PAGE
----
Tie And Jeans

I just happened to be here.

I mentioned it yesterday and couldn’t sleep last night for thoughts of GIFing Hal Hartley’s Trust.  This was easier in Schizopolis in many ways, because Hartleys films are already focused on faces and moments.  But, oh… the faces, the moments.  In the kitchen this morning, in between coffee and rinsing a quart of hair gel off of Annika, I watched the last 3 minutes of the film and bawled.  Schizopolis was our Saturday night party film, the “OMG you have to see this!” film, even though most people passed out or lost interest before the dentist-transmigration.

Trust came on after that, and always ended in tears.  My conscious (but always denied) attempt to live in the stilted Hartley language was certainly a contributor to many of friendship disintegrating fights in college.  It’s an old film – almost as old now as The Conversation was when I first saw Trust in 1998.

Even as the fashion ages into comedy, there emotional core will shift and grow with you.  Here’s my attempt to do some meager justice to this in a handful of frame grabs.

The lines and music under that last GIF add everything.

“Why have you done this?”

“Done what?”

“Put up wth me like this.”

“Somebody had to.”

“But why you?”

“I just happened to be here.”

That’s pop song strength – lines that can grow with you from bleak reflection on relationships into a tear-wrenching reflection on the arbitrary unconditional love of parenthood.  They just happened to be there, and I needed them.

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3 thoughts on “I just happened to be here.

  1. I’m not familiar with the film but the quality and choices for your GIFs is top shelf for the isolation of key movement and simplicity in say the second one– the ones with subtle motion are my favorite.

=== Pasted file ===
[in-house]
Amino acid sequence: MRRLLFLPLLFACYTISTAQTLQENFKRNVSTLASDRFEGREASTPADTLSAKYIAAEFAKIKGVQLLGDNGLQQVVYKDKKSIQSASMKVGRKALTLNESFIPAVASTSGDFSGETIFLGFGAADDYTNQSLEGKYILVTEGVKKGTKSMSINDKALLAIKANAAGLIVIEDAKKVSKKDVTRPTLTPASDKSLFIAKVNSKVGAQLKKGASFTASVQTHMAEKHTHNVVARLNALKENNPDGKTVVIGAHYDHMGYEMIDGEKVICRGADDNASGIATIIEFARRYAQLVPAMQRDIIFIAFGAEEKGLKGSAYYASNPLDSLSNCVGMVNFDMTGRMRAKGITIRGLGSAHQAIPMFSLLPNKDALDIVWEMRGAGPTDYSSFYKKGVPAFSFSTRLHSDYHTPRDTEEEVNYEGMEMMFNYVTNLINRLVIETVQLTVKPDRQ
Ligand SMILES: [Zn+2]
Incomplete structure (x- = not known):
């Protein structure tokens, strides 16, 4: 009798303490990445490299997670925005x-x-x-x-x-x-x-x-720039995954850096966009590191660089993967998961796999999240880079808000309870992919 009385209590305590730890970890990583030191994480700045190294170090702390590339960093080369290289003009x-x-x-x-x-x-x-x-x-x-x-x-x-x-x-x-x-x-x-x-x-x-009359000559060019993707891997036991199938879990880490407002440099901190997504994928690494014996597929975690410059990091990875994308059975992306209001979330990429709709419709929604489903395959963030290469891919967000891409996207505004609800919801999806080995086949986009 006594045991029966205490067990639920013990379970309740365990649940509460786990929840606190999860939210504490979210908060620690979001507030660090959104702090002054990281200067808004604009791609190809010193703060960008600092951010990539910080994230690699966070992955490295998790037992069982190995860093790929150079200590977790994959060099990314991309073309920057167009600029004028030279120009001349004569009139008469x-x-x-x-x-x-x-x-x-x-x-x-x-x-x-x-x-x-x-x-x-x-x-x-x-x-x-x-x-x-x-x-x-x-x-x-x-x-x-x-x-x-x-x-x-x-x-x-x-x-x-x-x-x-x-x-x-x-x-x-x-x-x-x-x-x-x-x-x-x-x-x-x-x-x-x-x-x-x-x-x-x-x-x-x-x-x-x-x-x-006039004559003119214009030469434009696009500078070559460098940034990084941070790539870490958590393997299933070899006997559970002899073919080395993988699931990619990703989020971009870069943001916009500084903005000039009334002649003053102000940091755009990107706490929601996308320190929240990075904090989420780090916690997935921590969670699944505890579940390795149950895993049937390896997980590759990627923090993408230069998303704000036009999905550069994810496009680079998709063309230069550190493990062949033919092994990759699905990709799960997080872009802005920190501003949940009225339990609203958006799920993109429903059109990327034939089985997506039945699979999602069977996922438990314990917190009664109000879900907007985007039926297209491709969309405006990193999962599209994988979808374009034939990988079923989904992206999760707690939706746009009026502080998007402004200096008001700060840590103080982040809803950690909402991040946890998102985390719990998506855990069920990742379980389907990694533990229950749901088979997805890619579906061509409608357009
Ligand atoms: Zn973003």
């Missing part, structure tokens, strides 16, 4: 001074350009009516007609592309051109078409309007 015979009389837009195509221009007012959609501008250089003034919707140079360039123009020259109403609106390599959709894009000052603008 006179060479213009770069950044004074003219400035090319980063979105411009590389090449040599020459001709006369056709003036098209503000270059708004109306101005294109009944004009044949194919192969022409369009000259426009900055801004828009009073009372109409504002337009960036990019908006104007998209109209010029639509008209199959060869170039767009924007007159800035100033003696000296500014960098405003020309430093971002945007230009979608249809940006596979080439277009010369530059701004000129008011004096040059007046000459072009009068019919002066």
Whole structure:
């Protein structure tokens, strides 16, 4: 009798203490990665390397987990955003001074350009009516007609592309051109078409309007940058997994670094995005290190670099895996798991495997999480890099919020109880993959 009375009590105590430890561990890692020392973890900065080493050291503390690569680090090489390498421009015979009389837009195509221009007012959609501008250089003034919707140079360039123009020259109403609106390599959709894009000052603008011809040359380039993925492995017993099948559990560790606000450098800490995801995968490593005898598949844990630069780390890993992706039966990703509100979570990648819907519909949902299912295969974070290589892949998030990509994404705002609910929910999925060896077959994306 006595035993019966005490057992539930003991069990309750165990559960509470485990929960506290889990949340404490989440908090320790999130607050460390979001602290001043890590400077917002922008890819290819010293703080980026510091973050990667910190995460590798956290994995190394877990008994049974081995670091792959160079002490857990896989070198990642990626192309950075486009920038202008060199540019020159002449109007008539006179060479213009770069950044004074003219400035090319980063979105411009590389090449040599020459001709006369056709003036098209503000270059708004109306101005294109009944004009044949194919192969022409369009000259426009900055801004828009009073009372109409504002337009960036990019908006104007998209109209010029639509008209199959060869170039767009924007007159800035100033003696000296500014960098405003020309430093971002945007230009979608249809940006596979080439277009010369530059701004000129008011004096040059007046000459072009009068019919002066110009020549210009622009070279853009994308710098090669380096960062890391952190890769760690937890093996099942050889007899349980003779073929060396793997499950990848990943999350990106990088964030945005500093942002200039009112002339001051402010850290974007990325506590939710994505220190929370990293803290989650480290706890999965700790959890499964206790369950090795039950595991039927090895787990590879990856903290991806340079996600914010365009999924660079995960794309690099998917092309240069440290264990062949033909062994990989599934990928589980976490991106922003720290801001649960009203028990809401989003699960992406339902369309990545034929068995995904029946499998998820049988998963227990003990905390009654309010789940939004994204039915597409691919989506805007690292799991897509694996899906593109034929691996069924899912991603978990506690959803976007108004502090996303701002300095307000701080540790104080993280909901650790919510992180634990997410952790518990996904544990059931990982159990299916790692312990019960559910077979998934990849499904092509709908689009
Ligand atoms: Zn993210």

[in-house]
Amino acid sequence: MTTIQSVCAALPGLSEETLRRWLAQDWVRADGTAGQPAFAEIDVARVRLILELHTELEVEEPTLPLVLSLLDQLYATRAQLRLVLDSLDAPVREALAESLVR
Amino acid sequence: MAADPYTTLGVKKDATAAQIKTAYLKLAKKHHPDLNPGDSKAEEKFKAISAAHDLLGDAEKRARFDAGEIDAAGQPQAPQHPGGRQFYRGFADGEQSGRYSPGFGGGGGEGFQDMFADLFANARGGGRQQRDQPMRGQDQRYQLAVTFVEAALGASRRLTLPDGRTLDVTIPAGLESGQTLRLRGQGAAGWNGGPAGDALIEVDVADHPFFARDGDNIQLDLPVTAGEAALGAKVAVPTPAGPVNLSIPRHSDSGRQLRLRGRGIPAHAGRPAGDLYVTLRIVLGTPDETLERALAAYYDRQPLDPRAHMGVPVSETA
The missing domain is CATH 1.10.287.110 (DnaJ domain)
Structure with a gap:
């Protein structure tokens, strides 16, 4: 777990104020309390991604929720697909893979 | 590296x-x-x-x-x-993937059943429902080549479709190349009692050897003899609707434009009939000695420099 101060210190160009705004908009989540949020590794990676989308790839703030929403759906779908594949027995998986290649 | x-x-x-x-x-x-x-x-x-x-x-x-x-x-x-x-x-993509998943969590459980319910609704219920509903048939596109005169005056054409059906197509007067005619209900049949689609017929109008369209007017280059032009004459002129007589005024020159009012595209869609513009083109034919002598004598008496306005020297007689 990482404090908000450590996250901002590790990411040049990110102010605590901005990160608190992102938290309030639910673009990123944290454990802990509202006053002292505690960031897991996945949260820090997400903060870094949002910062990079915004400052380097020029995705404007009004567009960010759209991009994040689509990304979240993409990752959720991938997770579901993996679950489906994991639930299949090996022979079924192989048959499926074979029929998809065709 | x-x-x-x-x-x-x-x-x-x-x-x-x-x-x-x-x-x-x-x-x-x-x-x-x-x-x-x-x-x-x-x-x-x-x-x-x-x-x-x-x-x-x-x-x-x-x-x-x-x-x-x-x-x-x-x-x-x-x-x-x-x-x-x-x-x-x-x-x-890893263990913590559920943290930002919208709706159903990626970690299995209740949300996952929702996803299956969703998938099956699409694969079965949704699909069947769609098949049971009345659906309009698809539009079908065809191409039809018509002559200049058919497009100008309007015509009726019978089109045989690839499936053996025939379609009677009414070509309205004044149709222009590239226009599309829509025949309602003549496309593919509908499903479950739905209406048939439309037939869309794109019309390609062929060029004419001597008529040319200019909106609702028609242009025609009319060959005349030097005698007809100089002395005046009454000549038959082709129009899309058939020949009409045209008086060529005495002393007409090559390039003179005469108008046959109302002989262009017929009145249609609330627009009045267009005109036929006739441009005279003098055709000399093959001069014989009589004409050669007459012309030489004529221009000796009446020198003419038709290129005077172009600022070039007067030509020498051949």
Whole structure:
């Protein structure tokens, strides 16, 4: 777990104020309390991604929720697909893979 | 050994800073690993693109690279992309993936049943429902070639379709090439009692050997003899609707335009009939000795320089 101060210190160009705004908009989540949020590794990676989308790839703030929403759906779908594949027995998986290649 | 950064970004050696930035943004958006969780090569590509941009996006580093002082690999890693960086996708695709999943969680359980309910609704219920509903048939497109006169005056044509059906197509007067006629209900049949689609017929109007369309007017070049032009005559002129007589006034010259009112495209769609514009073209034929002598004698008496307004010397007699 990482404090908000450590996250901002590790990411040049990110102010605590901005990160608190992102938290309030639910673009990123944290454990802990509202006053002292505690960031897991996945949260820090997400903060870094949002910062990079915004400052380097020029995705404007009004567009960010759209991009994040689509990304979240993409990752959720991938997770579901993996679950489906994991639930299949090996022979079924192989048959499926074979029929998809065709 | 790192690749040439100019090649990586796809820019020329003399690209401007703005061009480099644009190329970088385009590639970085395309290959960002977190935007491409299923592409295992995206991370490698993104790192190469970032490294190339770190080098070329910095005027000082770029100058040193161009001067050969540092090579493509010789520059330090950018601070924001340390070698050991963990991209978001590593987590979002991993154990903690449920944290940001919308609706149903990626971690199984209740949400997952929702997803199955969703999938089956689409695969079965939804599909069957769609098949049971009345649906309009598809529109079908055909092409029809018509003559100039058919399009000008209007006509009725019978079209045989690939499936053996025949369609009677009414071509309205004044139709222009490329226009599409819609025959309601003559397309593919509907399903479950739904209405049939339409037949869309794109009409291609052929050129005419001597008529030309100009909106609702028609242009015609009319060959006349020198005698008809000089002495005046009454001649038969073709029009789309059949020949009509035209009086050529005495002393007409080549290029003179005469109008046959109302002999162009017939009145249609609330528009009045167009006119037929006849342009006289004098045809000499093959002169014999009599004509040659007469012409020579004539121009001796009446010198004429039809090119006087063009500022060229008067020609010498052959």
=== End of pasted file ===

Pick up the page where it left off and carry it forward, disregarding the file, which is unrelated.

I’ve not read all the recent ones you did, but if not mentioned please hare your technique!

  2. tieandjeans on said:

    Thanks Alan! Trying to isolate small movements is an interesting and tricky challenge. For example, in the 5th GIF ( Martin Donovan looking up, reaction shot) the actual physical motion is pretty small but the camera push shakes everything up. Maybe I need to lose my attachment to the content of the film and just trim the clip to his body, then mask out all but his head an eyes. You lose the hand grenade from the first few frames, but I bet that’s something I only see because I know to look.

    What’s your rule of thumb for “seconds of action” when making these? I’ve decided that lighting a cigarette is just too long and generally ill-suited for this It’s so incredibly filmic that every other medium eventually tries to capture it. But what makes it great for film (and also comics) is the internal beats of the act. CUP / LIGHT / EXHALE GIFing can get one of those in isolation, but that’s incredibly weak by comparison.

    Or so I say after a week of GIFs. Maybe there’s some incredibly well framed ones that I’ve missed.

    By “share technique” do you mean the mechanical/Photoshop steps?

    • Hey there, namesake!

      You’re really raising a bar here, both in terms of quality and quantity. I’m pretty sure Alan means your mechanical/Photoshop steps. I like the question you raise about “seconds of action.” Viewing some other recent GIFs, there seems to be a range of exactly what gets shown — from a series of clips that replay a scene, to the very small nuance that is communicated through a simple facial expression. I like the simplicity and minimal nature of the nuanced clip. You wind up with a still photo that surprises you with a tinge of motion. That’s cool.

      The Cinegram app for the iPhone is a neat on-phone tool for turning a phone video into an GIF.

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